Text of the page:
10 August 2022

Why a ‘coalition of chaos’ awaits the next Labour government

By James Harris

On a recent trip to Germany, I made use of the €9-Euro-Ticket, a one-off ticket giving you access to all regional transport for a whole month. A fabulous idea, well worthy of adoption in the UK, I thought. I was surprised to learn, however, that it is opposed by the German Finance Minister himself, who fears that it will promote ‘a freeloader mentality’.

In this moment, I had a premonition of a future Labour government arguing with itself. While it seems to me now likely that Labour forms a government after the next election, I also suspect the likelihood is being underestimated of that government being unstable, internally split and, above all, brief.

That is partly due to the nature of the ruling coalitions which would likely be on offer. If Labour does exceptionally well, it might achieve a tiny majority, in which it would then be dependent on the rump of socialist MPs whose chief objection to Keir Starmer is that he is not Jeremy Corbyn.

Merely being in government would, of course, have further inflamed the Labour left by showing them how to win an election; in a situation where Starmer depends on the acquiescence of MPs like Zarah Sultanah, they would surely make the most of the chance to issue demands.

It’s reasonable to suggest, therefore, that Starmer would prefer an agreement of some kind with the Liberal Democrats, the price of which would probably be some kind of constitutional reform – an area where Starmer has shown himself notably timid and unimaginative.

If we are in the realm of negotiating over a minority government, the SNP would likely be making a lot of noise – and though I don’t doubt Starmer would call their bluff, effectively asking them to vote against an alternative to the Tories, that process of bluff-calling is bound to be pretty unedifying.

What it really comes down to your analysis of how bad the situation is. Personally, I think it looks pretty dire for the UK – a degraded public realm, a situation regarding trade with our European partners which is both sub-optimal and undiscussable, and a complete collapse of standards in public life. All of this is going to take years to sort out. Labour, by all accounts, shares this assessment of the damage, and yet the clarity of the leadership’s analysis of the situation seems to be coupled with a complete absence of any realism about the complexity of governing after 2024.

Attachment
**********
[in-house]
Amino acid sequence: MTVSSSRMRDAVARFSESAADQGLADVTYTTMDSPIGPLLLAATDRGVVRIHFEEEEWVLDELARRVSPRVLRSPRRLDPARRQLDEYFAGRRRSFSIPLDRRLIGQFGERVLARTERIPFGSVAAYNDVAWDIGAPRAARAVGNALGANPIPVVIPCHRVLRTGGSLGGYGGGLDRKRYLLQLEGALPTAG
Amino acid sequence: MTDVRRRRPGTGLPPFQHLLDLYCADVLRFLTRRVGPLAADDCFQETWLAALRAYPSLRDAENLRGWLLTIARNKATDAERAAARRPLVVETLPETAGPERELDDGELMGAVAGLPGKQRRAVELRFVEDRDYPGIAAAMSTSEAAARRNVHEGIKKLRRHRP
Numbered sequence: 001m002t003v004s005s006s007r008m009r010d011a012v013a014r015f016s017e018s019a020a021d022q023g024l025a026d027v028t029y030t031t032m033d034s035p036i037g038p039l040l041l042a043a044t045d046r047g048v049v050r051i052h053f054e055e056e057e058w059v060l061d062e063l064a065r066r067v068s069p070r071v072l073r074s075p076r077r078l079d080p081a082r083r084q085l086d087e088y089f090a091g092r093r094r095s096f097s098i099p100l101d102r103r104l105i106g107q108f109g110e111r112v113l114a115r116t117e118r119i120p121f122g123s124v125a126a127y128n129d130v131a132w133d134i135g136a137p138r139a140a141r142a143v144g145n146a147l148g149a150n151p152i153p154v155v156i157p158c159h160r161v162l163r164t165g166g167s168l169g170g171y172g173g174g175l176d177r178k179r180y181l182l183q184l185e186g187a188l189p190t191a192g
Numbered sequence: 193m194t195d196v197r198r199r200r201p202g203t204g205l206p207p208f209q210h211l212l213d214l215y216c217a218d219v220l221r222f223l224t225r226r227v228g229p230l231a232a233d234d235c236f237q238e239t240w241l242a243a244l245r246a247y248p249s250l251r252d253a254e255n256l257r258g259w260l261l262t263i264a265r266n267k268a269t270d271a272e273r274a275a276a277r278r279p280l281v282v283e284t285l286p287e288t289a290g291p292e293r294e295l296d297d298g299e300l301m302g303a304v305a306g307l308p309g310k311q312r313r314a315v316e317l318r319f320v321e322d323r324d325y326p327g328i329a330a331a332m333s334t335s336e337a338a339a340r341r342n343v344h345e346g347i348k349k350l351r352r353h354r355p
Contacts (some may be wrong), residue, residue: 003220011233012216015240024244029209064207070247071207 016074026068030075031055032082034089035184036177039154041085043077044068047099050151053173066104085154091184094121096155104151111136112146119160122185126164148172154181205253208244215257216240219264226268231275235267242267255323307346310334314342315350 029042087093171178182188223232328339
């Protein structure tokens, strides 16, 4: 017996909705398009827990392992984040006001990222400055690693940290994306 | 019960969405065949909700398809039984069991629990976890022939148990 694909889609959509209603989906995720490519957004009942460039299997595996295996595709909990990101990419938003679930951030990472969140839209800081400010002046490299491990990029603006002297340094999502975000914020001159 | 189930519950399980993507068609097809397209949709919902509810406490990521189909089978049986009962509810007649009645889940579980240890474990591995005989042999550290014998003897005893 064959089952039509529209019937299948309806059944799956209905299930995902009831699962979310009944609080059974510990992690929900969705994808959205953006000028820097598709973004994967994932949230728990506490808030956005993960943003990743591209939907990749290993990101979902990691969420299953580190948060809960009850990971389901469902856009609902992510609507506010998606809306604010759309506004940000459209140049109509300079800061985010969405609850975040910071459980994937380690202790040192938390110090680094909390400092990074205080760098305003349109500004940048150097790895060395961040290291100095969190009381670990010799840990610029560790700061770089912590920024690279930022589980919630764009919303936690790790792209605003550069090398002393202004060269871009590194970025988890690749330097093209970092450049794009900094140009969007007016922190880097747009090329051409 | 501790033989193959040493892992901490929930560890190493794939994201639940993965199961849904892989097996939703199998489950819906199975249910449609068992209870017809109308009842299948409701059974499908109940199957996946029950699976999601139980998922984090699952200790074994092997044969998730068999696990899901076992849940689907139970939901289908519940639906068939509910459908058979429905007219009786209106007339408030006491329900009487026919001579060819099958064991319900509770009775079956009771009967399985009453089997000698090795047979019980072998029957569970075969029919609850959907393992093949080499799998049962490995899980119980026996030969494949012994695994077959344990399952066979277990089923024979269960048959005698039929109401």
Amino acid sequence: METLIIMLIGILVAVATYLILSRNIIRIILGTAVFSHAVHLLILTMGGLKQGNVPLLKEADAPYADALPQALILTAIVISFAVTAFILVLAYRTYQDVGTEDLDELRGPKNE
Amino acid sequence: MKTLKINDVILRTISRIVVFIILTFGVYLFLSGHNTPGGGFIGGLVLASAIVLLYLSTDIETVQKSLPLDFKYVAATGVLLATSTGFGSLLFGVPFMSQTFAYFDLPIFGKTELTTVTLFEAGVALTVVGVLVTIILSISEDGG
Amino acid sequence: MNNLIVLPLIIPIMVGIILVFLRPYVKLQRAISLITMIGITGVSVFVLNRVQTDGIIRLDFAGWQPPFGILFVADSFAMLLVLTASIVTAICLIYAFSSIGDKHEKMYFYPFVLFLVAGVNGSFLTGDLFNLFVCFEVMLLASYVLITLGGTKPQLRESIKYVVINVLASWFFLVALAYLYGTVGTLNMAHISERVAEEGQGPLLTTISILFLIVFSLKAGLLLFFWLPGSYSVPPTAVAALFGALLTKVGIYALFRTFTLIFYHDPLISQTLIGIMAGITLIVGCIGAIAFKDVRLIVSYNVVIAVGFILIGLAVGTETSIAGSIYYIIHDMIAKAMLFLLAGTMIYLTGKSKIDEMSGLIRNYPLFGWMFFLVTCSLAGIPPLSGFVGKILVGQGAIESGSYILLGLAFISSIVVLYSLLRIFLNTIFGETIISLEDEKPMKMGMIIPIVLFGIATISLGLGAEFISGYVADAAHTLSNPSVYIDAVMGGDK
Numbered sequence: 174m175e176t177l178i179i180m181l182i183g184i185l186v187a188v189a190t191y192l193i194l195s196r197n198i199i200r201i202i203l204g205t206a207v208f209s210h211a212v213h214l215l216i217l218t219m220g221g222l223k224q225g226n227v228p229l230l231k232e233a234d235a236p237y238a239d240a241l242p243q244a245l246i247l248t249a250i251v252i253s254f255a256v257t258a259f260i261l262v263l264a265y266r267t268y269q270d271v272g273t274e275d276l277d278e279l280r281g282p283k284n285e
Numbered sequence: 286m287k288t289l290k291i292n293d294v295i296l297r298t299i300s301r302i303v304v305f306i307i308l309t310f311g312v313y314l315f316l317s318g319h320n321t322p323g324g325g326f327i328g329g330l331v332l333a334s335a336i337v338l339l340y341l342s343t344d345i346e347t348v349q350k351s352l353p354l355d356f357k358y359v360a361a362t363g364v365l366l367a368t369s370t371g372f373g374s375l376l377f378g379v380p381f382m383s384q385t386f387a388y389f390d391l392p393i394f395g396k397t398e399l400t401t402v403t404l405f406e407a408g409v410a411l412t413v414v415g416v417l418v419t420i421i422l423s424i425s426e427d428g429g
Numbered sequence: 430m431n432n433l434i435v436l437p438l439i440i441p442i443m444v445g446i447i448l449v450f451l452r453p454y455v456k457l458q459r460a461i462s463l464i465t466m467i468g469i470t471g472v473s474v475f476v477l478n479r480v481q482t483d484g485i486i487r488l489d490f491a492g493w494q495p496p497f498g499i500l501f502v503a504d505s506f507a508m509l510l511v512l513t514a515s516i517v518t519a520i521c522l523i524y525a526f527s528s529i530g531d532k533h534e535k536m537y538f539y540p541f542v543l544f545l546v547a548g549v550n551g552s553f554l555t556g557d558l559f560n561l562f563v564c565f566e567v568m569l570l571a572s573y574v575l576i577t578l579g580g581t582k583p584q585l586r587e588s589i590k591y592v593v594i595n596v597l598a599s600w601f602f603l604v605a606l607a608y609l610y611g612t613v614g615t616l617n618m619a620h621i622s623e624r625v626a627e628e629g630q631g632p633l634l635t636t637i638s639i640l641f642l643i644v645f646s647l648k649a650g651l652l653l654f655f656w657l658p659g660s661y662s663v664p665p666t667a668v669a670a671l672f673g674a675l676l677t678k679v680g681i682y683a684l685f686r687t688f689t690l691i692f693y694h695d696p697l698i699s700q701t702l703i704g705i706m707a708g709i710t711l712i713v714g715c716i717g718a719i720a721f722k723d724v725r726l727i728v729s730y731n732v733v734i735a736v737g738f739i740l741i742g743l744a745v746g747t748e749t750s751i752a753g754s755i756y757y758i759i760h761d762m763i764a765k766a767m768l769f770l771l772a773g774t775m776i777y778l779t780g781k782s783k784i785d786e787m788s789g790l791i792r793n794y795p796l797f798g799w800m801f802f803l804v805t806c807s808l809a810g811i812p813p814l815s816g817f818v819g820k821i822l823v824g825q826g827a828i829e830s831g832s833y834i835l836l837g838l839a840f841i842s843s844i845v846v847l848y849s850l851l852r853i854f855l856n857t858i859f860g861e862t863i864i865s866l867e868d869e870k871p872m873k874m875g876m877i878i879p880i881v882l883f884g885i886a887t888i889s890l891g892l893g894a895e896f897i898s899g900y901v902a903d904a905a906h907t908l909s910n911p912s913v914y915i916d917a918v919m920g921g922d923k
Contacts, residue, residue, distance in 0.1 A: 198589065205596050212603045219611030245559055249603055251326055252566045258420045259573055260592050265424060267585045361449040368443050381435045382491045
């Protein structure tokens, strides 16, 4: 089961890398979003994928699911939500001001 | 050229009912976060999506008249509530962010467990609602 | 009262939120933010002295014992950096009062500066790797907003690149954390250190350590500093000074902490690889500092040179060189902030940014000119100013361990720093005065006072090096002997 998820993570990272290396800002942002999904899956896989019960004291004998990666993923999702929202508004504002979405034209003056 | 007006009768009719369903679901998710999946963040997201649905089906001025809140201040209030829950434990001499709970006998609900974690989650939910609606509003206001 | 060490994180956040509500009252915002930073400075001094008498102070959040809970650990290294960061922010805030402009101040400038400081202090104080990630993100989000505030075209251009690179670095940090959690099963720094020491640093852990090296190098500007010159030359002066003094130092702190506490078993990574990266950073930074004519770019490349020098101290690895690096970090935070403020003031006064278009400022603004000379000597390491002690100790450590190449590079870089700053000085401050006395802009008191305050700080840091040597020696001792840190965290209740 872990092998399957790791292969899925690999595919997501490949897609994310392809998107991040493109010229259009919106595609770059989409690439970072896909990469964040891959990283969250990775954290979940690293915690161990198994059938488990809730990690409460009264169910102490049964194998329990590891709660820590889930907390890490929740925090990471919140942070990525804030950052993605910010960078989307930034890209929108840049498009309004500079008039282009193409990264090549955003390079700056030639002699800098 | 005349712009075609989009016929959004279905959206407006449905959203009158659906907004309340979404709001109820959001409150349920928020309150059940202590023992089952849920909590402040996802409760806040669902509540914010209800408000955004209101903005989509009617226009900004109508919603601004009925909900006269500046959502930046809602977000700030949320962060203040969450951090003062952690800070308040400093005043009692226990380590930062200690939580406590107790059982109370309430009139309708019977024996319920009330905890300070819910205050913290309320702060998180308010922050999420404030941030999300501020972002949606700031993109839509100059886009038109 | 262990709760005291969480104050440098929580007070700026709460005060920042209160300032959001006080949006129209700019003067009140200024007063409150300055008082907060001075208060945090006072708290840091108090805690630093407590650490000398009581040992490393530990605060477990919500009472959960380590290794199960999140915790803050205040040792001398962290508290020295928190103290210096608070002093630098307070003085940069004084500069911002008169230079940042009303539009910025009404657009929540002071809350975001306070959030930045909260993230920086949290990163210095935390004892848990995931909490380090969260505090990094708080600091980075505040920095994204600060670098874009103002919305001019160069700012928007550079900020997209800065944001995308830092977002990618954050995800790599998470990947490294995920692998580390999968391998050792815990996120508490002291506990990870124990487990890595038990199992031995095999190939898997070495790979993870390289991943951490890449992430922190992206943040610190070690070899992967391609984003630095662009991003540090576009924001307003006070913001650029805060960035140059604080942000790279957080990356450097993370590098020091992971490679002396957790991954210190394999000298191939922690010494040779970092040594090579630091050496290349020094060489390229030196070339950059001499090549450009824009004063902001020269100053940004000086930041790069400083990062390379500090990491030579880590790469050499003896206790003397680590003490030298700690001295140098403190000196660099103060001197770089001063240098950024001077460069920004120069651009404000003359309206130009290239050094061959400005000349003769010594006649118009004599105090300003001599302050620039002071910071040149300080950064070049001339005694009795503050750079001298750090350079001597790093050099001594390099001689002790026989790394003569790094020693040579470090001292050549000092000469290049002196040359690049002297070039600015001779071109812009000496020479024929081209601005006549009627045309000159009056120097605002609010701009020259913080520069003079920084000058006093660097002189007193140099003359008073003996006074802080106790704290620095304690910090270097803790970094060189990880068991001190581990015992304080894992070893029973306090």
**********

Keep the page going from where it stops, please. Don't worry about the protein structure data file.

There are salutary lessons from abroad too. We’ve seen in the United States that even if you mobilise a wide coalition to kick out a unifying bogeyman, that unity doesn’t last when in office. At the moment, Labour’s pitch amounts to little more than ‘we’re not the Tories’.

That might be a necessary first step, but a common enemy is not a program for government, and if that program is not properly defined before an election, it risks becoming a matter of permanent contestation among your own internal coalition – a ‘coalition of chaos’, if you will.

Again we can look to the States for a recent example. Though legislatively productive, Biden’s administration failed to get through a landmark climate bill this time last year, partly because the progressive wing of the Democrats refused to compromise. Any governing coalition for Starmer is likely to be just as fractious and tight.

Of all the criticisms aimed at Starmer, the claim he is ‘boring’ is probably the least relevant. Indeed, ‘boring’ hasn’t hurt Anthony Albanese in Australia, or Olaf Scholz closer to home. What has hurt Scholz, however, is that he’s not a very good politician – coming across as perpetually peevish and seemingly overwhelmed by events. Though each country has its own unique circumstances, Starmer should be thinking about two things when he looks at the likes of Biden, Scholz and Macron: how did they get into government, and how can we avoid the fractiousness that has hampered their subsequent attempts at governing?

At the moment though, the feeling I get from the party, and especially Starmer himself, is that they believe a period of ‘decent people’ and technocratic management will convince the electorate of Labour’s merits.

Yet that would be to misread the turbulent nature of our politics, especially in the social media age. If – and it’s still a big if – Starmer does make it to Number 10, he is unlikely to have stable conditions in which to just quietly get on with things. The election of boring and predictable politicians does not create boring and predictable circumstances – just ask Theresa May.

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James Harris is a writer and comedian.

Columns are the author's own opinion and do not necessarily reflect the views of CapX.